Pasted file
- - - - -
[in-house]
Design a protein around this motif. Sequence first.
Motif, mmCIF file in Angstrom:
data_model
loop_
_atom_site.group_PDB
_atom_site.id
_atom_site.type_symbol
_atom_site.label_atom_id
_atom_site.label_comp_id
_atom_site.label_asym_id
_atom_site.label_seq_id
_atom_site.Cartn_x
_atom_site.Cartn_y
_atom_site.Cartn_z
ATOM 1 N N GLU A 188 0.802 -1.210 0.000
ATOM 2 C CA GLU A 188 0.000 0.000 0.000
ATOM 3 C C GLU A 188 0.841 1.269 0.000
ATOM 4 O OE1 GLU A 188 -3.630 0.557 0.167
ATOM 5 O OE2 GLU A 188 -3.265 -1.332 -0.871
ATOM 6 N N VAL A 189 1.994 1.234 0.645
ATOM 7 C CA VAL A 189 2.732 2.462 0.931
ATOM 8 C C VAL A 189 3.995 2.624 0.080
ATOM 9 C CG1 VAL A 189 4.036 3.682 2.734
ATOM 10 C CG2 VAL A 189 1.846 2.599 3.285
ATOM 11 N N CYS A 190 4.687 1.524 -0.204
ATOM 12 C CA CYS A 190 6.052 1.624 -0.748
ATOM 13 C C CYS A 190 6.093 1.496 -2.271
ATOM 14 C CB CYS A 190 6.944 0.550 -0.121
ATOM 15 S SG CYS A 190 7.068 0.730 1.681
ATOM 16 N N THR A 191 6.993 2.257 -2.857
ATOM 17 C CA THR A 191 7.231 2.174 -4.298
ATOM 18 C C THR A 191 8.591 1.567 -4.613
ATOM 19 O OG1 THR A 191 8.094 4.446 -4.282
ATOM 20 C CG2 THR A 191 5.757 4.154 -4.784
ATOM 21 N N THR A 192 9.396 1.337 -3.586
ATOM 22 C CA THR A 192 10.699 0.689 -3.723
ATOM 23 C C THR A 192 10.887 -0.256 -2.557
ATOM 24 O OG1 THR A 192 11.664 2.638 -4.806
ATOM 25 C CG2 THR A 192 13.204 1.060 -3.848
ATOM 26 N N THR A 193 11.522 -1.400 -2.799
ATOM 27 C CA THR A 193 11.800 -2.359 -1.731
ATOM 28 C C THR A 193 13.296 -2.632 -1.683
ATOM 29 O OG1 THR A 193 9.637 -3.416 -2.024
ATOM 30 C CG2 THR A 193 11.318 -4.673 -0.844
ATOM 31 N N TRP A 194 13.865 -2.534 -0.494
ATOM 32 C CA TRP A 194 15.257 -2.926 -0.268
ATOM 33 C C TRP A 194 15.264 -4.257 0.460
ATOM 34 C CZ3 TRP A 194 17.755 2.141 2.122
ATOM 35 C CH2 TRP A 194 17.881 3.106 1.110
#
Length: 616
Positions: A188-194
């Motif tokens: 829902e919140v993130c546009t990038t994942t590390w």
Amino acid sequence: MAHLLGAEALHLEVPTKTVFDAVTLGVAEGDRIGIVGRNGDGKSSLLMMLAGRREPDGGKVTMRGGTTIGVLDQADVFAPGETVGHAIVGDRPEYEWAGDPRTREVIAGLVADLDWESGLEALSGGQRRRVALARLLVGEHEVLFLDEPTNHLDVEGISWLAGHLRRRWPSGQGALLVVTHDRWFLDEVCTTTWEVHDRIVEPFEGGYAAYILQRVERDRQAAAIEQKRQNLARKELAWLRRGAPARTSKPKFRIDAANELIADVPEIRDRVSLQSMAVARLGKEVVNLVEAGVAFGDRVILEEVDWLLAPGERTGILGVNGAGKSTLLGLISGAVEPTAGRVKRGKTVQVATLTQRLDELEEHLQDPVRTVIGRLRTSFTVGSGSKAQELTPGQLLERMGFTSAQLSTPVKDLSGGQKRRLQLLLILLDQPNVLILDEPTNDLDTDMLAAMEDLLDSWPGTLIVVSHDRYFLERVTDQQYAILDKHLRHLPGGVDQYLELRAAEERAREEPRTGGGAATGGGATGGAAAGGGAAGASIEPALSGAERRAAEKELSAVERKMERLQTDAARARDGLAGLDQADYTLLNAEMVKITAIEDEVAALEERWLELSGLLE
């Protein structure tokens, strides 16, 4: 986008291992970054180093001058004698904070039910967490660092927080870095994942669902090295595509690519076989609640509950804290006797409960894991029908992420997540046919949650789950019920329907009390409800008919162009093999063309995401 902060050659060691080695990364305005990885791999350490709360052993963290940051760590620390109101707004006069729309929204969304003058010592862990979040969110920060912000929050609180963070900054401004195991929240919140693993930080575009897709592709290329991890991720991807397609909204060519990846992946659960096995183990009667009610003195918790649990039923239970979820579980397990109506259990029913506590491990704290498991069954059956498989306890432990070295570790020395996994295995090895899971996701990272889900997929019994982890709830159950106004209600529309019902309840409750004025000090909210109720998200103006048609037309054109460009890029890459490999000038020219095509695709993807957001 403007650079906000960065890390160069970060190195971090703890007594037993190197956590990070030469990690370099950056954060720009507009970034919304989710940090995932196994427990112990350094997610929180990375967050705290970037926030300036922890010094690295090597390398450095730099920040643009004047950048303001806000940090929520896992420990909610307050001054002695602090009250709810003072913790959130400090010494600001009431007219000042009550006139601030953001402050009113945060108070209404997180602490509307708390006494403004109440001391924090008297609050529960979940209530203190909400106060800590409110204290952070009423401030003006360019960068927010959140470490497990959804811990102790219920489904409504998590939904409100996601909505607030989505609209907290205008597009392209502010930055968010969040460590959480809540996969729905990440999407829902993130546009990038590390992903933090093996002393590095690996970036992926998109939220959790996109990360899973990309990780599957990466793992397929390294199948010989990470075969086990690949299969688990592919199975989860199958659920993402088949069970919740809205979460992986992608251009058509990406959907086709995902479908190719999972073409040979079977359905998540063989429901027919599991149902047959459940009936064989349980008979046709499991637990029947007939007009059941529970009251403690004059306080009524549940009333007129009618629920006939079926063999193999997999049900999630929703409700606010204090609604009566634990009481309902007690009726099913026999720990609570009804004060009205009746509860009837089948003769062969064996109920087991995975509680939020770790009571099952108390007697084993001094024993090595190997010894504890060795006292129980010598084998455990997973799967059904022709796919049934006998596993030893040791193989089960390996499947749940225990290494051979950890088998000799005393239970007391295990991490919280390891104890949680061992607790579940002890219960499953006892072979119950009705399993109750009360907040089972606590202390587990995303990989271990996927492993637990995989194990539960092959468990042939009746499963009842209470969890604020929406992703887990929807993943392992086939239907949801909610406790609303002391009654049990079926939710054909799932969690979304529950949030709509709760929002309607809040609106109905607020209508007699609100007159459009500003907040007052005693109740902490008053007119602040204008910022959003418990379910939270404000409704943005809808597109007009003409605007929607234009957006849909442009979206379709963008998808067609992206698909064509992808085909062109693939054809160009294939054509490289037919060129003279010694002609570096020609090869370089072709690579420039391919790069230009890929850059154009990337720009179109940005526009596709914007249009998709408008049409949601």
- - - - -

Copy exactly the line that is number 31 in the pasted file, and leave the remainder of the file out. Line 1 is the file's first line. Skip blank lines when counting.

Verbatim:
ATOM 16 N N THR A 191 6.993 2.257 -2.857